A RESEARCH paper warning excess fluoride in tap water can mottle teeth and cause crippling skeletal fluorosis is not held by the Department of Health despite Edwin Poots’ consideration of fluoridating our drinking water.
A spokesperson for the Department told the Sentinel it hasn’t responded to the World Health Organisation’s (WHO) 1996 ‘Fluoride in Drinking Water’ report.
This is in spite of Mr Poots’ favourable view of water fluoridation and the possibility he will press for its introduction here in future.
The report recommends a maximum fluoride limit in drinking water of 1.5 milligrams per litre and warns that whilst the chemical can prevent tooth decay it can also have significant negative effects.
It states: “Fluoride has beneficial effects on teeth at low concentrations in drinking water, but excessive exposure to fluoride in drinking-water, or in combination with exposure to fluoride from other sources, can give rise to a number of adverse effects. These range from mild dental fluorosis to crippling skeletal fluorosis as the level and period of exposure increases. Crippling skeletal fluorosis is a significant cause of morbidity in a number of regions of the world.”
Mr Poots is considering pumping fluoride into kitchens around Northern Ireland to ensure it’s delivered to poorer people and dental disease is more often prevent.
Recommendation 3.5 of the 2007 Oral Health Strategy for Northern Ireland suggests the Department of Health work with other stakeholders to examine the feasibility of fluoridating Northern Ireland’s public water supplies.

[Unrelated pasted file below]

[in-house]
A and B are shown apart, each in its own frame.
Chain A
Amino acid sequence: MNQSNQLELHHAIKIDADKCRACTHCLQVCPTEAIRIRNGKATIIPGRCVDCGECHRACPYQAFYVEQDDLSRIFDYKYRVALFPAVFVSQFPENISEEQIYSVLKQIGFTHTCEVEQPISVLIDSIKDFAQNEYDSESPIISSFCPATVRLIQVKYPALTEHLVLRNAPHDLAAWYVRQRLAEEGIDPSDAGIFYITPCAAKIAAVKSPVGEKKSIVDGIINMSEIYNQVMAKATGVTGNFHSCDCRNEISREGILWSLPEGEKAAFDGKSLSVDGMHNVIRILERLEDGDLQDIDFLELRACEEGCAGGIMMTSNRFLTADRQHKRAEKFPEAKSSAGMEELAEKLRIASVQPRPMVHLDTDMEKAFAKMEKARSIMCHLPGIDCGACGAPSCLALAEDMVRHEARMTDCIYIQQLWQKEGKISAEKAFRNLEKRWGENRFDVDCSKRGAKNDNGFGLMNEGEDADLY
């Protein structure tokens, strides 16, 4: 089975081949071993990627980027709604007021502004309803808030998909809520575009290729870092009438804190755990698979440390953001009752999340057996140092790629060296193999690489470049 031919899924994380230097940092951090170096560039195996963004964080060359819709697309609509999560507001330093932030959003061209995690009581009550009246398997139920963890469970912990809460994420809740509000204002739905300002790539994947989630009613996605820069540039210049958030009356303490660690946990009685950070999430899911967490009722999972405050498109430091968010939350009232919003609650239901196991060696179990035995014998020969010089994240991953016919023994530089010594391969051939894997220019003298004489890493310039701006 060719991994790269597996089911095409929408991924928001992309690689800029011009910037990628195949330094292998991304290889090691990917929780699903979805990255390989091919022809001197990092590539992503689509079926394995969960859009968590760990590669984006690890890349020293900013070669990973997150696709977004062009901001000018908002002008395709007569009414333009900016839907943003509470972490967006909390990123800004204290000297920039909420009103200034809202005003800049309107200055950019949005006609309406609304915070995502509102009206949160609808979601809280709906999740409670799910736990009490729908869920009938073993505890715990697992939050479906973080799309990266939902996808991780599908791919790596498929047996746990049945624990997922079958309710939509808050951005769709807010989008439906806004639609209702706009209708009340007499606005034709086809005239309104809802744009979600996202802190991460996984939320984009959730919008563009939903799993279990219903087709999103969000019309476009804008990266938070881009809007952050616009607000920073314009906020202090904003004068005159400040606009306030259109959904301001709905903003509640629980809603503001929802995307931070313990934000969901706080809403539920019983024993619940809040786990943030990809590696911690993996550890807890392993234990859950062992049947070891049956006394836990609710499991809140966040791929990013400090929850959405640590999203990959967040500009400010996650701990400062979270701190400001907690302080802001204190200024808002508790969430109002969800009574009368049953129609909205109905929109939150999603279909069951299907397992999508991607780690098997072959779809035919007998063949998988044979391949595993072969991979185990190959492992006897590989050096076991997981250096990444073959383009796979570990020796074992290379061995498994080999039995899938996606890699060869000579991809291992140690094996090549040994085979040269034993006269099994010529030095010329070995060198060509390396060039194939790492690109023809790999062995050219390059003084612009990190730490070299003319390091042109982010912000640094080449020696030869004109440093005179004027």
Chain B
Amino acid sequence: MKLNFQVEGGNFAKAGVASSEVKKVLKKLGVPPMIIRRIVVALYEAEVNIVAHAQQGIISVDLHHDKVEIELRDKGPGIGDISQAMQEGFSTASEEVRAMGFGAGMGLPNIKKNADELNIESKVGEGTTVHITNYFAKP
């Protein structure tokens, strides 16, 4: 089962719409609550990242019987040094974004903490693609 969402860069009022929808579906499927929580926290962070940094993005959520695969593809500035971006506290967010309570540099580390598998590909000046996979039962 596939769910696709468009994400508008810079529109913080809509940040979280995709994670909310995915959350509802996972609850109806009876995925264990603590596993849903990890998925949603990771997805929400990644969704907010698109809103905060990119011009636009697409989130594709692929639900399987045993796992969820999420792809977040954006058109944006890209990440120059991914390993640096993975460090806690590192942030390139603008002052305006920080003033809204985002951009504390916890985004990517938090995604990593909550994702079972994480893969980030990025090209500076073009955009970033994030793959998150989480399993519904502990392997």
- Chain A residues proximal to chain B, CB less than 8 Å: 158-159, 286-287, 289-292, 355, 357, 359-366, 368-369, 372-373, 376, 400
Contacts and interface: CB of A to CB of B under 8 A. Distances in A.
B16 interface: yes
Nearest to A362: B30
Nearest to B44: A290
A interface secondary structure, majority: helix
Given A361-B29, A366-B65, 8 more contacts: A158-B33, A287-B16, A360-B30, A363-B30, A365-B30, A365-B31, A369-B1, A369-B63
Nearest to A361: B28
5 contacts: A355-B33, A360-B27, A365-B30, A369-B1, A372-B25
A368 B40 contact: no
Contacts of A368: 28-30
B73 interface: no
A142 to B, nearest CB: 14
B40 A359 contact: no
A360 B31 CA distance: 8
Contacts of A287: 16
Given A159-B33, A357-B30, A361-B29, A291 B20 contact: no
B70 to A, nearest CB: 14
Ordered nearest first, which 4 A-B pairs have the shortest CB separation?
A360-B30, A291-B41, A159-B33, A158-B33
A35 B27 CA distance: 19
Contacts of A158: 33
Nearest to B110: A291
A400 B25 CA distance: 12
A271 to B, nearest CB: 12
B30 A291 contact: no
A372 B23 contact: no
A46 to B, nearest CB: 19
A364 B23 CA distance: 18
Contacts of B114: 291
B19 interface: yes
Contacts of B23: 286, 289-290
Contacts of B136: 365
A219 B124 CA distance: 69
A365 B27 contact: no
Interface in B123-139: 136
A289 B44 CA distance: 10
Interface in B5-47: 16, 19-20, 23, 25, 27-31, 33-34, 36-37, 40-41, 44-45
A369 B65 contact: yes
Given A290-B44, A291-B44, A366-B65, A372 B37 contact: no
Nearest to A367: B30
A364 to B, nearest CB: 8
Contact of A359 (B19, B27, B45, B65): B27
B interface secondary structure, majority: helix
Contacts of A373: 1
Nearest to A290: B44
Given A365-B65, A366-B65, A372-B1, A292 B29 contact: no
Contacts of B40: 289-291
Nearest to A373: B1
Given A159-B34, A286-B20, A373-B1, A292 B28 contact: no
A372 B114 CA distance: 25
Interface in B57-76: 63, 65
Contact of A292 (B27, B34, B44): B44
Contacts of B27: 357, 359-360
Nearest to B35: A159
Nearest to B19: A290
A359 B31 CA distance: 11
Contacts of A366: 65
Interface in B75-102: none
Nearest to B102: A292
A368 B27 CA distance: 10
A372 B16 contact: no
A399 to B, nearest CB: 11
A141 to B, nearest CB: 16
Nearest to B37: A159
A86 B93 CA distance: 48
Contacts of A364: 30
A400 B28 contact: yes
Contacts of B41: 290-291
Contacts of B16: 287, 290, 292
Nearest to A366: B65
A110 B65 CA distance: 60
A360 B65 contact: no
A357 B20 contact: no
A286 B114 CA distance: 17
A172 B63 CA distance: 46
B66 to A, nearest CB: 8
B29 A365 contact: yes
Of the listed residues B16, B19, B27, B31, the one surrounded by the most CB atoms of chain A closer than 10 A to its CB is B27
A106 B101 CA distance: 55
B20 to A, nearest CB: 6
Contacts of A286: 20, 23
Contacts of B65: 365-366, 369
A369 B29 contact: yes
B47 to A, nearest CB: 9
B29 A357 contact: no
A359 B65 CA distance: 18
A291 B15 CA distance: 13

Recommendation 3.6 of the same strategy, however, notes that the introduction of water fluoridation may take some time and that other strategies to address dental caries should also be pursued.
A spokesman told the Sentinel that since Mr Poots first mooted the prospect in April 2012 the Department has received considerable correspondence.
“These have been largely protesting against fluoridation of the water supplies in Northern Ireland, with the remainder asking what the Department’s position is,” the spokesperson stated.
Mr Poots has been engaging with Executive colleagues about the prospect but no research on fluoridation has been commissioned and no provisional policy drafted.
Notwithstanding this the high level of dental caries in Northern Ireland is motivating the Minister.
“Children in Northern Ireland have the worst oral health in the United Kingdom and the majority of our young children have experienced dental decay.
“The last national survey of children’s dental health revealed that 61 per cent of our five year old children and 76 per cent of our eight year old children have obvious dental decay experience compared to the UK average of 43 per cent for five year olds and 57 per cent for eight year olds.
“In 2011, almost 5,400 children attended hospital for a general anaesthetic to have over 24,600 teeth extracted.
“It is clear that something needs to be done to address this problem and reduce the gaps with the rest of the United Kingdom and, indeed, Europe so this is why the Minister is giving consideration to the fluoridation of the water supplies in Northern Ireland,” the spokesperson explained.